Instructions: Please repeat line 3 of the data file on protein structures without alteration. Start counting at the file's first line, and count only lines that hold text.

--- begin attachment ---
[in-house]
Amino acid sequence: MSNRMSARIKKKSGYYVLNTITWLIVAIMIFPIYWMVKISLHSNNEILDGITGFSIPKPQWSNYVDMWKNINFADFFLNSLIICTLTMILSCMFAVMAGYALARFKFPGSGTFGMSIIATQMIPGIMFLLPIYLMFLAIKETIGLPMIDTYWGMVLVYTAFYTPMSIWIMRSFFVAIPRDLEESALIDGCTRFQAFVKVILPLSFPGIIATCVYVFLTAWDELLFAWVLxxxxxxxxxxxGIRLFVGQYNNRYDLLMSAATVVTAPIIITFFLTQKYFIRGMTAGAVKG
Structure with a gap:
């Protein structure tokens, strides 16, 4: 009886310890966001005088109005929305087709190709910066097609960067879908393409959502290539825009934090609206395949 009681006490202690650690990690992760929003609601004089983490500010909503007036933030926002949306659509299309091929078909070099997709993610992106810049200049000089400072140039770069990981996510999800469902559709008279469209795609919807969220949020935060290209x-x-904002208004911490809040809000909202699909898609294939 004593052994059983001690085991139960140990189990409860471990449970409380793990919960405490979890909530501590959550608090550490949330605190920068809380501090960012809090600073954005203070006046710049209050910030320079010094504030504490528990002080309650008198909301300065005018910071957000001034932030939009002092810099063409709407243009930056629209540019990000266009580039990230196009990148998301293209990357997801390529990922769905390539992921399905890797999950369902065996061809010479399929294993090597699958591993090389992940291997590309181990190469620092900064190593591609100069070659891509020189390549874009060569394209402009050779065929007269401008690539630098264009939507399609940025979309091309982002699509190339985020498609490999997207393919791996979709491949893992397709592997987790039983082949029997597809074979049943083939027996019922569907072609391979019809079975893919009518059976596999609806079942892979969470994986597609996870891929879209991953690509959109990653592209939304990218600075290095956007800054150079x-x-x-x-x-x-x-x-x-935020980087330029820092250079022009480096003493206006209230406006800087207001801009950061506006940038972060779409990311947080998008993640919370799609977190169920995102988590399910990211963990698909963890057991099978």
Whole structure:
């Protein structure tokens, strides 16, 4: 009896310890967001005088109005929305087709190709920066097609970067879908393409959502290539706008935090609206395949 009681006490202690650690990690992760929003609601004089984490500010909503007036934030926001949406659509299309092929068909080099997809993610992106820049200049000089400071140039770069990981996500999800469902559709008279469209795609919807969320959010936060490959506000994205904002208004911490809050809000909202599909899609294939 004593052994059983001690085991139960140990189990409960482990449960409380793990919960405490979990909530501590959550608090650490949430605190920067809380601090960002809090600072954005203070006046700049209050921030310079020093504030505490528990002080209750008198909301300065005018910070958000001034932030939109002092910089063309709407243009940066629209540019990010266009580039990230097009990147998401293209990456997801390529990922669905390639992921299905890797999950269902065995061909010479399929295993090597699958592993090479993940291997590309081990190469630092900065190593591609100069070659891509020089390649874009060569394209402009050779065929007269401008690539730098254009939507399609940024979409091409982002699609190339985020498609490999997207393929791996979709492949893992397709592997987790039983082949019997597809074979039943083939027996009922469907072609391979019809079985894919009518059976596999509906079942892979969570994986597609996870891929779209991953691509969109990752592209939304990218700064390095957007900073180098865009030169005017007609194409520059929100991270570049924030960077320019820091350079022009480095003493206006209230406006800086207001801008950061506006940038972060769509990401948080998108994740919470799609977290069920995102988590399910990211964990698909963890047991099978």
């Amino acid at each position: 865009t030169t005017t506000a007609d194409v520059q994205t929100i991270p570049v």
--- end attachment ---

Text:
Structure with a gap: